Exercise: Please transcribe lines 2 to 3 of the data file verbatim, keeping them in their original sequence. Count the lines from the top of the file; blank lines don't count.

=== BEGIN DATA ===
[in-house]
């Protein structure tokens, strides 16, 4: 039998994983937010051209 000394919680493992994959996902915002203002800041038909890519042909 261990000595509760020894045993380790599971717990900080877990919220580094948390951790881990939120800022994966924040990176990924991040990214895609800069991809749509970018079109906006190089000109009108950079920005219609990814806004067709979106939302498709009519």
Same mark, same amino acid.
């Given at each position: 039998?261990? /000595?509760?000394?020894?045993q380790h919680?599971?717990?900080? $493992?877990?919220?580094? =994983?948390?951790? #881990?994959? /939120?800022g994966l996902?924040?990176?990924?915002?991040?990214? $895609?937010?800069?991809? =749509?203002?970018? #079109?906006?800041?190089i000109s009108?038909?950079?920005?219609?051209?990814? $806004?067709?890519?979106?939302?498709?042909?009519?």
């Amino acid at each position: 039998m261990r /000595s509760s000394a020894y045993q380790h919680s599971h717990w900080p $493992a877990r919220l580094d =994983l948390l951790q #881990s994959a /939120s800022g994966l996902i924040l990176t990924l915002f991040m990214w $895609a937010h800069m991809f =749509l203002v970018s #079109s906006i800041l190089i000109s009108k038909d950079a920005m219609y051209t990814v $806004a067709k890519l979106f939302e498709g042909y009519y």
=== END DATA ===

């Protein structure tokens, strides 16, 4: 039998994983937010051209 000394919680493992994959996902915002203002800041038909890519042909 261990000595509760020894045993380790599971717990900080877990919220580094948390951790881990939120800022994966924040990176990924991040990214895609800069991809749509970018079109906006190089000109009108950079920005219609990814806004067709979106939302498709009519």
Same mark, same amino acid.